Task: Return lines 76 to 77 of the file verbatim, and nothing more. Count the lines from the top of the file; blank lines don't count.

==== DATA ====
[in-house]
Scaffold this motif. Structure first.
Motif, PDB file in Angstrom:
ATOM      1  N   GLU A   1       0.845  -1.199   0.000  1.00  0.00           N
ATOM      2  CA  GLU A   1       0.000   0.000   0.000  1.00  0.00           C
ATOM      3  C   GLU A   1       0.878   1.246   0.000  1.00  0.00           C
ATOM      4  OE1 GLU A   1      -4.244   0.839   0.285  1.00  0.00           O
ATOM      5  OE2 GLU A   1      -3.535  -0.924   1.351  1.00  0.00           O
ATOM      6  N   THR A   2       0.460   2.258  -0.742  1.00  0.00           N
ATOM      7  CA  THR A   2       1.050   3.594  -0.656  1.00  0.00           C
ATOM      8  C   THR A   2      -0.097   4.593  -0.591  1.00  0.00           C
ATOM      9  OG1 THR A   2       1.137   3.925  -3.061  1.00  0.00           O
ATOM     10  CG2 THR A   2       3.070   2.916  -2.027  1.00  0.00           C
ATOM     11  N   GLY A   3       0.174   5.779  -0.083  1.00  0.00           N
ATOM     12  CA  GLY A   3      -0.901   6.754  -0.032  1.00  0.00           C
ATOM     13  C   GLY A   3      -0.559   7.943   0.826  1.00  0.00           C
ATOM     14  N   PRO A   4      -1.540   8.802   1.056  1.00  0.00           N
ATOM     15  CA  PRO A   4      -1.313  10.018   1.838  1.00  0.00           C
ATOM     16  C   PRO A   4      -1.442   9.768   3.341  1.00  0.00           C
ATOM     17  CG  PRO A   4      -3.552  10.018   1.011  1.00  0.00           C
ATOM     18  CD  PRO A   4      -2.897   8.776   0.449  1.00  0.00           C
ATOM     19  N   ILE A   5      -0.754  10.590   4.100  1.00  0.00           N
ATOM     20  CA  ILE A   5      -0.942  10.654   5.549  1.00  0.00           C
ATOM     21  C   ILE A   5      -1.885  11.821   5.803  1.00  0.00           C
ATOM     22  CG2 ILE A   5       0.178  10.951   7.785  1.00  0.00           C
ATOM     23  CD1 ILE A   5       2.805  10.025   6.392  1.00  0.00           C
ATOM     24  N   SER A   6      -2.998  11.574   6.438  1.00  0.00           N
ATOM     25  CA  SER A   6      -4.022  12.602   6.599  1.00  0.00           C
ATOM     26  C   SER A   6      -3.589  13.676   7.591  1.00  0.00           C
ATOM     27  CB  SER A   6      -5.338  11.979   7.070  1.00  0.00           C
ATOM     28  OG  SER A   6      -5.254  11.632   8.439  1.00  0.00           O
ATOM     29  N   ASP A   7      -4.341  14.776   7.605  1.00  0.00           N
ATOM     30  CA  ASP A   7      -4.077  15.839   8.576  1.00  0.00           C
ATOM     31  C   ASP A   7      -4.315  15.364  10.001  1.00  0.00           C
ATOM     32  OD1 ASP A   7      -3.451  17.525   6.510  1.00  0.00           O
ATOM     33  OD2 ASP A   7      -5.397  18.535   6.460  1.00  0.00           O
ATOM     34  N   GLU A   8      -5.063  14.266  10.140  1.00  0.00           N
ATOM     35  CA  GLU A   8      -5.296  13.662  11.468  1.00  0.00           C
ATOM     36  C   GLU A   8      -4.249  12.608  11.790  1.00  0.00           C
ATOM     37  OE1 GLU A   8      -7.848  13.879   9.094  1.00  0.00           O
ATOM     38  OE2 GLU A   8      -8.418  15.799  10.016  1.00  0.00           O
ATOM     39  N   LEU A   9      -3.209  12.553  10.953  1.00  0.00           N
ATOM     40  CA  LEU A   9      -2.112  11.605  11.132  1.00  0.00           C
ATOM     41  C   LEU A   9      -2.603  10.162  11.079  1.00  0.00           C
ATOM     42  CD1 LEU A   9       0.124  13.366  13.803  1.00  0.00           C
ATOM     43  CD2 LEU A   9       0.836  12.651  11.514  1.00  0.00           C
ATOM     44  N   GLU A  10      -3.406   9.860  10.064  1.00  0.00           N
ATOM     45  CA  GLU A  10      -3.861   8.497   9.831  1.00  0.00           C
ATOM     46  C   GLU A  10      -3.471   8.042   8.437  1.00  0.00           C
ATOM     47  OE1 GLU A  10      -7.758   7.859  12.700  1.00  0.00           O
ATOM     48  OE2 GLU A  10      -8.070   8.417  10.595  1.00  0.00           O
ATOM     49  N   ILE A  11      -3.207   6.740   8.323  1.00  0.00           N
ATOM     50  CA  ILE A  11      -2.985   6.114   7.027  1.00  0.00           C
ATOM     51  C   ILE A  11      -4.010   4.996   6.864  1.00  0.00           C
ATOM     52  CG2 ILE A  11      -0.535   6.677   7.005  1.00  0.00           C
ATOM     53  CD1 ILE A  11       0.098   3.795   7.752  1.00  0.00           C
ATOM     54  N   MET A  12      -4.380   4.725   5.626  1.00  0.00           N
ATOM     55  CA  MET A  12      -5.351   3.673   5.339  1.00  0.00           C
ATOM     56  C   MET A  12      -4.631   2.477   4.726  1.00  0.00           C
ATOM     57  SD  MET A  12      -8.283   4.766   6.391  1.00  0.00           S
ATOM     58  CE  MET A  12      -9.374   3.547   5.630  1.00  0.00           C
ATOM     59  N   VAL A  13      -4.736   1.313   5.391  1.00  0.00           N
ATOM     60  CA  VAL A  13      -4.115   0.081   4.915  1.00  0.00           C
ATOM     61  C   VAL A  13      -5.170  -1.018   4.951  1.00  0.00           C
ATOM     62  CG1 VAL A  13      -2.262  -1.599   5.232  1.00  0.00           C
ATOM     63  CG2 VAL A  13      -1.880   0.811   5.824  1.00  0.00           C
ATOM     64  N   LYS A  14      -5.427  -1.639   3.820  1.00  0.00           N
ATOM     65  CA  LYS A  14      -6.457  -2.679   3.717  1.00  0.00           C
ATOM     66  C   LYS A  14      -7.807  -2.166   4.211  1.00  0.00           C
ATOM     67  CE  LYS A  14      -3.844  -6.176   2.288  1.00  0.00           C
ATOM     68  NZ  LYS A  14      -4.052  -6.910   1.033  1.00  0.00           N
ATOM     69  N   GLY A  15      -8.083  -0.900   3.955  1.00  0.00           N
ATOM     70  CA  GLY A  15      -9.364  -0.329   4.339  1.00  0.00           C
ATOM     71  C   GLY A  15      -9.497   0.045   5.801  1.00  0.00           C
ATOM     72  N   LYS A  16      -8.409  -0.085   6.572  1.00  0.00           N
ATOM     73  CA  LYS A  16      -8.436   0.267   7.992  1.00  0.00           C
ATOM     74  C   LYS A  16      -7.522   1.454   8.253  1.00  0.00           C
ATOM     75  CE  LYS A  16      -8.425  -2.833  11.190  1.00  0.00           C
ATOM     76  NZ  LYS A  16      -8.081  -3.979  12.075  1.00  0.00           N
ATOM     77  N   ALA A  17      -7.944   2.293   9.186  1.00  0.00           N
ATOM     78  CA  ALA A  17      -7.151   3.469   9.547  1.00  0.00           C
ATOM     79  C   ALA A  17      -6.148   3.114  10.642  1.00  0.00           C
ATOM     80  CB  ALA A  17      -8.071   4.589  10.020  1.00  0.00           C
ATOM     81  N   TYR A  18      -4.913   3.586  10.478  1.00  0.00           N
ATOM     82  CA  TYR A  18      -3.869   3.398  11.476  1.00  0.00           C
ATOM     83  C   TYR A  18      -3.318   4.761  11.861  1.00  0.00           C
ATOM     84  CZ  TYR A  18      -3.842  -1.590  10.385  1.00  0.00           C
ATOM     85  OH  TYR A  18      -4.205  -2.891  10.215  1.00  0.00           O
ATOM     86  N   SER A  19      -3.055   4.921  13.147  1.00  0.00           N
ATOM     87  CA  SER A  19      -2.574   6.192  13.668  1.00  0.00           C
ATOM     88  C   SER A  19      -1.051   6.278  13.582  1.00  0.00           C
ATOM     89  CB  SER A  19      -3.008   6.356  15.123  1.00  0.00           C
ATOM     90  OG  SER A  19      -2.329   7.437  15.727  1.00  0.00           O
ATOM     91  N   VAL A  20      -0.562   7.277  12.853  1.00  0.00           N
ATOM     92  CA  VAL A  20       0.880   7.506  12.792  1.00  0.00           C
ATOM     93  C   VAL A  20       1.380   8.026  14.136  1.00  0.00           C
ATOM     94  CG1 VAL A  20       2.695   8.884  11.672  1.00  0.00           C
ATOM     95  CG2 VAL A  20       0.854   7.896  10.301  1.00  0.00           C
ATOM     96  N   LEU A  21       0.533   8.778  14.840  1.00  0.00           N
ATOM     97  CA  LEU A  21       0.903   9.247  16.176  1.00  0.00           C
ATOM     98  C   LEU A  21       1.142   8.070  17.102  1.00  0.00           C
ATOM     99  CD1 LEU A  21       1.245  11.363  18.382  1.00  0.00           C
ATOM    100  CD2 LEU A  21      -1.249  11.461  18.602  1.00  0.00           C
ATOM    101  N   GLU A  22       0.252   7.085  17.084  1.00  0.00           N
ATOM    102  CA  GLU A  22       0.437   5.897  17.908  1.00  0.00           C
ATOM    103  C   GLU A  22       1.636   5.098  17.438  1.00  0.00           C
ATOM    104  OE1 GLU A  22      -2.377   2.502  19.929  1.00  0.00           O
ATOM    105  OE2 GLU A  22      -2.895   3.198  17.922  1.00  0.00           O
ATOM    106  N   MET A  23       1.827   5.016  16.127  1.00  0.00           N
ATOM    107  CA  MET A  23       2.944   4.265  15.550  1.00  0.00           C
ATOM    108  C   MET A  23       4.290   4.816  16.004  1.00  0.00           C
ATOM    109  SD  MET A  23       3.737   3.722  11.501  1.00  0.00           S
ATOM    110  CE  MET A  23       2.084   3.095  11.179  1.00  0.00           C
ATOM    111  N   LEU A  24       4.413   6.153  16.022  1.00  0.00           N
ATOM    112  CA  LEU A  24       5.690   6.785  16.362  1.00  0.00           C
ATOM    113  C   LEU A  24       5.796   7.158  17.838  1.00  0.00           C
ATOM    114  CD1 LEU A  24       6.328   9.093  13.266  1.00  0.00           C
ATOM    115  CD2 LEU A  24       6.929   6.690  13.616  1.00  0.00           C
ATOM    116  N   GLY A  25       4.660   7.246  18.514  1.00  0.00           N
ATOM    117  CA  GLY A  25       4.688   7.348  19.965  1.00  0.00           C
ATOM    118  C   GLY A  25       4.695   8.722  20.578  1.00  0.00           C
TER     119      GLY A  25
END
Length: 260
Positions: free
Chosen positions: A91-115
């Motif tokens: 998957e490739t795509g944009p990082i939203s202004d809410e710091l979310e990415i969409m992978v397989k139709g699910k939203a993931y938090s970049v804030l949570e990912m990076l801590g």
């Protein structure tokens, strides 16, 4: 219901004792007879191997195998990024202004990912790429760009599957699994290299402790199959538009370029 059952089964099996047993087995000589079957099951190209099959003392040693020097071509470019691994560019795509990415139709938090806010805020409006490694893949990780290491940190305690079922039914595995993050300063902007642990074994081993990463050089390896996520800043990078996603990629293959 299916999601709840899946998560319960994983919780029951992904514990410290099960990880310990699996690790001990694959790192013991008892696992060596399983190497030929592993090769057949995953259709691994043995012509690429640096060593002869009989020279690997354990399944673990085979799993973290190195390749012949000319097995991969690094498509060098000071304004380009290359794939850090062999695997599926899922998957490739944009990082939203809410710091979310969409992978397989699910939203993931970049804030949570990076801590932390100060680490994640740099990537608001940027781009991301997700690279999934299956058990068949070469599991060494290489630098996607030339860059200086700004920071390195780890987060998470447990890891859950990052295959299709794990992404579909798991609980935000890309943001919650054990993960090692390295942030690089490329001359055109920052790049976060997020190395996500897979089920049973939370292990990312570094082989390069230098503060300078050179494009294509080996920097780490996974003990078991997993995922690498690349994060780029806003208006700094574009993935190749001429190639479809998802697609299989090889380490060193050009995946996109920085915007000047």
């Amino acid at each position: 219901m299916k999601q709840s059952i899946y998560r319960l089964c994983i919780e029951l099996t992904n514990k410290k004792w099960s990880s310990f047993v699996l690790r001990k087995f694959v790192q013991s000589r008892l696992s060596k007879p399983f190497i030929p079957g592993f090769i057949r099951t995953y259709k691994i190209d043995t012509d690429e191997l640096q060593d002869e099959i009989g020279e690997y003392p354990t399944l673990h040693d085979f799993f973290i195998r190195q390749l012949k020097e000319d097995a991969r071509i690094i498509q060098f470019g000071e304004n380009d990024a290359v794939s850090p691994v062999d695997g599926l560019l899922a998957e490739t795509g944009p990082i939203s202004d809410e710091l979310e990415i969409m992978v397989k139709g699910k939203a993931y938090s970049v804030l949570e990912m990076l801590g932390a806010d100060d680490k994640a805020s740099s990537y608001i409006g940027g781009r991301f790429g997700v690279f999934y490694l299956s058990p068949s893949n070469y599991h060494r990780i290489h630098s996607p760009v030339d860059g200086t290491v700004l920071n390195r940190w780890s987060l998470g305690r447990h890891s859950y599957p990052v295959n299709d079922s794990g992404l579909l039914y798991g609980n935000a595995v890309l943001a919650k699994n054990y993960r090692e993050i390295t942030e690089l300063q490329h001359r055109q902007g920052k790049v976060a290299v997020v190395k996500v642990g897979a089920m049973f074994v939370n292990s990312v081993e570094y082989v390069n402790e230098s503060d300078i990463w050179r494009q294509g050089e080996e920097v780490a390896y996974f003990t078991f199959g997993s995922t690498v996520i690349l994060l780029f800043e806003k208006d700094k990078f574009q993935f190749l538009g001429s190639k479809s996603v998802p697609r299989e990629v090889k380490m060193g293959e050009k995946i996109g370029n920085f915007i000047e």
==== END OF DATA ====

ATOM     73  CA  LYS A  16      -8.436   0.267   7.992  1.00  0.00           C
ATOM     74  C   LYS A  16      -7.522   1.454   8.253  1.00  0.00           C